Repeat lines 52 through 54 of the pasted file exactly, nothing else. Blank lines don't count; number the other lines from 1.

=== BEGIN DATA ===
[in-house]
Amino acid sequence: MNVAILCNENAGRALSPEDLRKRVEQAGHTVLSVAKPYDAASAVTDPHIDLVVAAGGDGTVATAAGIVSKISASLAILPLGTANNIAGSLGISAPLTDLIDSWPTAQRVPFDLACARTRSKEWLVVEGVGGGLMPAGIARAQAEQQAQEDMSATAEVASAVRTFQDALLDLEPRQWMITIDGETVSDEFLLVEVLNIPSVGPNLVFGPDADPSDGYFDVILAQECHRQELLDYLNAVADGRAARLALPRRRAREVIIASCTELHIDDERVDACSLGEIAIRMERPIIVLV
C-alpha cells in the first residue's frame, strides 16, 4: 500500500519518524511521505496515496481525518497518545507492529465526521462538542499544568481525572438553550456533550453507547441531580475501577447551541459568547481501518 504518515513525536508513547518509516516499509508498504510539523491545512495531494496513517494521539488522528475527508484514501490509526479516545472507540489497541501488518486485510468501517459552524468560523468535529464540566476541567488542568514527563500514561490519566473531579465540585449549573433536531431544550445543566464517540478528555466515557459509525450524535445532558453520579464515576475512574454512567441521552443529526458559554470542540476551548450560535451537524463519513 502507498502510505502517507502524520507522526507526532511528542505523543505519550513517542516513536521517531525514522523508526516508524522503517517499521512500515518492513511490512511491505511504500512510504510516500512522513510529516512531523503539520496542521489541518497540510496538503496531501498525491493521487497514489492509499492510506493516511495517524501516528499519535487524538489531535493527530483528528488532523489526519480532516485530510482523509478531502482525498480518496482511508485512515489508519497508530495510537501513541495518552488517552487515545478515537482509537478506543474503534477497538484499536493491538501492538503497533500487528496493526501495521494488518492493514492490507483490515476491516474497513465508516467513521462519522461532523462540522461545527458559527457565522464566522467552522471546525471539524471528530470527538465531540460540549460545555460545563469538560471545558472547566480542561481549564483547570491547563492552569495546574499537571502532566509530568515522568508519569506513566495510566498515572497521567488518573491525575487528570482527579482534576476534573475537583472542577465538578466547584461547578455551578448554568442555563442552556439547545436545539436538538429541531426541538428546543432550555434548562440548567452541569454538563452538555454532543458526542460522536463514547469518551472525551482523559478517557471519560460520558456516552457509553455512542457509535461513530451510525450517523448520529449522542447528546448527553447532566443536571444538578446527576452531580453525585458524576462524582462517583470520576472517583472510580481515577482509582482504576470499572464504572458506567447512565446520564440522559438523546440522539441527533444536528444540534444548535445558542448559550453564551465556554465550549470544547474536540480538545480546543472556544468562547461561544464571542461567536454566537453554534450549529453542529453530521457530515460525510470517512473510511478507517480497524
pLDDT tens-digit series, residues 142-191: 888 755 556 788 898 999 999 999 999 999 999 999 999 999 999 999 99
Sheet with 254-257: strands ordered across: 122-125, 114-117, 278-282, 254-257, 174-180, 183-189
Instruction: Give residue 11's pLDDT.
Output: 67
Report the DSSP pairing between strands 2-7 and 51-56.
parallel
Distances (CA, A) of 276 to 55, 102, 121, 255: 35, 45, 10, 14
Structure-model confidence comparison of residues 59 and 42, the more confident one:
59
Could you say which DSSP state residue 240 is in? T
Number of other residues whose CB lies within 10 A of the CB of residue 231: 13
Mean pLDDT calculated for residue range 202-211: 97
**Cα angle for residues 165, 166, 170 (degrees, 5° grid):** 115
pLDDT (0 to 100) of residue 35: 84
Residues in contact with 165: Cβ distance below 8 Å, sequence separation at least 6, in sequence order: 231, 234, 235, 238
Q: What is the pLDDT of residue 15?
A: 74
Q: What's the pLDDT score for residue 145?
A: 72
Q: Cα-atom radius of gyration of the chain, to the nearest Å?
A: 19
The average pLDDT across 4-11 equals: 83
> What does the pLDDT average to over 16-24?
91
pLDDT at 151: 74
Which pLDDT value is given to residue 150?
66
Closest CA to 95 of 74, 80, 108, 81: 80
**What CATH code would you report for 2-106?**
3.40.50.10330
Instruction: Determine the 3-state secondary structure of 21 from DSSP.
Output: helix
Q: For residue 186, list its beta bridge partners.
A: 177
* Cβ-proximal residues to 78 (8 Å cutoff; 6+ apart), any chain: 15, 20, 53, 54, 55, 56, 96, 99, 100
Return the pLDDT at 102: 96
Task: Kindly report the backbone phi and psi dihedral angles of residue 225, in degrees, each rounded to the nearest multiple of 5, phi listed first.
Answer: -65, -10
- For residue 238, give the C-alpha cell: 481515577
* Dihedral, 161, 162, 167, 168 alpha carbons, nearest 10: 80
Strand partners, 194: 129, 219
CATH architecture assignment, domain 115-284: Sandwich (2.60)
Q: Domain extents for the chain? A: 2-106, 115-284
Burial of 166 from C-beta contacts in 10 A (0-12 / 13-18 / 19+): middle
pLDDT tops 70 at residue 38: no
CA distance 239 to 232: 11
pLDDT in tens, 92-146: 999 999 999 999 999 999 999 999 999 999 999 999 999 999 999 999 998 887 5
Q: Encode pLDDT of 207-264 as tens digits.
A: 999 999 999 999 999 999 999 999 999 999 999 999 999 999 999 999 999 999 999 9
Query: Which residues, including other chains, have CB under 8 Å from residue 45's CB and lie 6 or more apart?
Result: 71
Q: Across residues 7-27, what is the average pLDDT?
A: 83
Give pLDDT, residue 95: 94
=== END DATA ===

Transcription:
A: 999 999 999 999 999 999 999 999 999 999 999 999 999 999 999 999 999 999 999 9
Query: Which residues, including other chains, have CB under 8 Å from residue 45's CB and lie 6 or more apart?
Result: 71